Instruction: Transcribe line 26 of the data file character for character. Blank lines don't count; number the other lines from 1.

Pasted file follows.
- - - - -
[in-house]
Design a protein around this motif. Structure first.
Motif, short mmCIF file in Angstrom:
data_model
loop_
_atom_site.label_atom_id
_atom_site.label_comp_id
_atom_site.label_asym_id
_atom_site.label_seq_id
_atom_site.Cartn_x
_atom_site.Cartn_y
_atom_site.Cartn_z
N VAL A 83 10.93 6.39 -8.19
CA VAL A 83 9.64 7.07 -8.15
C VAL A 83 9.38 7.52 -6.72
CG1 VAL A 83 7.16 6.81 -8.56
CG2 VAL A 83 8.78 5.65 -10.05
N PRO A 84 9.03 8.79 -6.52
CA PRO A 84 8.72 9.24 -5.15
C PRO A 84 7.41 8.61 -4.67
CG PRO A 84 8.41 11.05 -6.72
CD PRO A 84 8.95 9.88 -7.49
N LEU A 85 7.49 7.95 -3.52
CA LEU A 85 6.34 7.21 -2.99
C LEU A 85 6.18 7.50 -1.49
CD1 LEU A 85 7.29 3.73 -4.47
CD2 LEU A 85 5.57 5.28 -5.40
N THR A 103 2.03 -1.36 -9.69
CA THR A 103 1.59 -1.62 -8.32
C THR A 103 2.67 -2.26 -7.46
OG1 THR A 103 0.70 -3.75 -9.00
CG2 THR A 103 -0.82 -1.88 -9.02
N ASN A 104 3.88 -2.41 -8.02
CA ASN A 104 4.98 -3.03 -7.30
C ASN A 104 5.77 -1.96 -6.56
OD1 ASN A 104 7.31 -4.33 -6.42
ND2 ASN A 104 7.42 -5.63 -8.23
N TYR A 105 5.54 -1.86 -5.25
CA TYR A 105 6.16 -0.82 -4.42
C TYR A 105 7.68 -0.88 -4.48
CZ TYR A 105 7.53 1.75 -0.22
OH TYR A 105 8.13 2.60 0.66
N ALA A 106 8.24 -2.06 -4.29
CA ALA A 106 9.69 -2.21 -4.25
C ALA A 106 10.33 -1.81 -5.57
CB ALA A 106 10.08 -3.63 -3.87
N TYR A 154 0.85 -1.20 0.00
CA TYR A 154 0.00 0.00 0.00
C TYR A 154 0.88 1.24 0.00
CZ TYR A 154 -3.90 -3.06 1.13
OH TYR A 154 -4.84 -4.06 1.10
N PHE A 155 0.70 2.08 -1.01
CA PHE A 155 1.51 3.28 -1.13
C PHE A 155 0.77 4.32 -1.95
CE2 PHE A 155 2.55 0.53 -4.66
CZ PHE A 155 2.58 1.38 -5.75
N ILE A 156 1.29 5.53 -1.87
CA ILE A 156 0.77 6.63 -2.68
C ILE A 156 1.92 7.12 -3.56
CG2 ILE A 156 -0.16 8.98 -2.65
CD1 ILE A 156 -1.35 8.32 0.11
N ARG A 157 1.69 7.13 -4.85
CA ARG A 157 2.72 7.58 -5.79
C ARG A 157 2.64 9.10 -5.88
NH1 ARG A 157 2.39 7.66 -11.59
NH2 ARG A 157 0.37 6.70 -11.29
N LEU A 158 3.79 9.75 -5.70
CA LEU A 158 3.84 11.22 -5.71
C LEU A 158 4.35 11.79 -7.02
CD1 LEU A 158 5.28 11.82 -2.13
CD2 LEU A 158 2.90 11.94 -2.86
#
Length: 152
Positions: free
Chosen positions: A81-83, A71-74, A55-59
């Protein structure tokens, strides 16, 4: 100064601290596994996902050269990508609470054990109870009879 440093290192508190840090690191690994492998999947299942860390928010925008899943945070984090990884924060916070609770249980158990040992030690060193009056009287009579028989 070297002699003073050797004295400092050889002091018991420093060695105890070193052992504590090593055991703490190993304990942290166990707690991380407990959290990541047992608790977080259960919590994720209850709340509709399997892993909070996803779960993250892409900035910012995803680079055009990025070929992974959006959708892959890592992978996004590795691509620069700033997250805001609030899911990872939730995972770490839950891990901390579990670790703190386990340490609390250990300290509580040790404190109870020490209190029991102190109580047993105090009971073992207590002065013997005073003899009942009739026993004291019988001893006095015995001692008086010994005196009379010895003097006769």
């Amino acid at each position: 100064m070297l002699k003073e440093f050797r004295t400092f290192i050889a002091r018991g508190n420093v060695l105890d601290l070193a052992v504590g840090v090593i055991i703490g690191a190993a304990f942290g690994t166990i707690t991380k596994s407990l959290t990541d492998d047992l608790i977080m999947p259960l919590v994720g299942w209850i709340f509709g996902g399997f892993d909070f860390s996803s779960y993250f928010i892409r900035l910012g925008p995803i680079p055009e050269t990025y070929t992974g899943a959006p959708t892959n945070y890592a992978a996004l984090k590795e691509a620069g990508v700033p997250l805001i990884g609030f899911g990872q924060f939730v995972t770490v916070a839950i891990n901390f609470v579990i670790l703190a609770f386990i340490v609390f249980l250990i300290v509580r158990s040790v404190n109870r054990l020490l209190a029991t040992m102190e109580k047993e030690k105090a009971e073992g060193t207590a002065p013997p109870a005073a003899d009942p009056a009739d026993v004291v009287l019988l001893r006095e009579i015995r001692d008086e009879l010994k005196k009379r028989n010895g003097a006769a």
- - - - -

CD1 LEU A 85 7.29 3.73 -4.47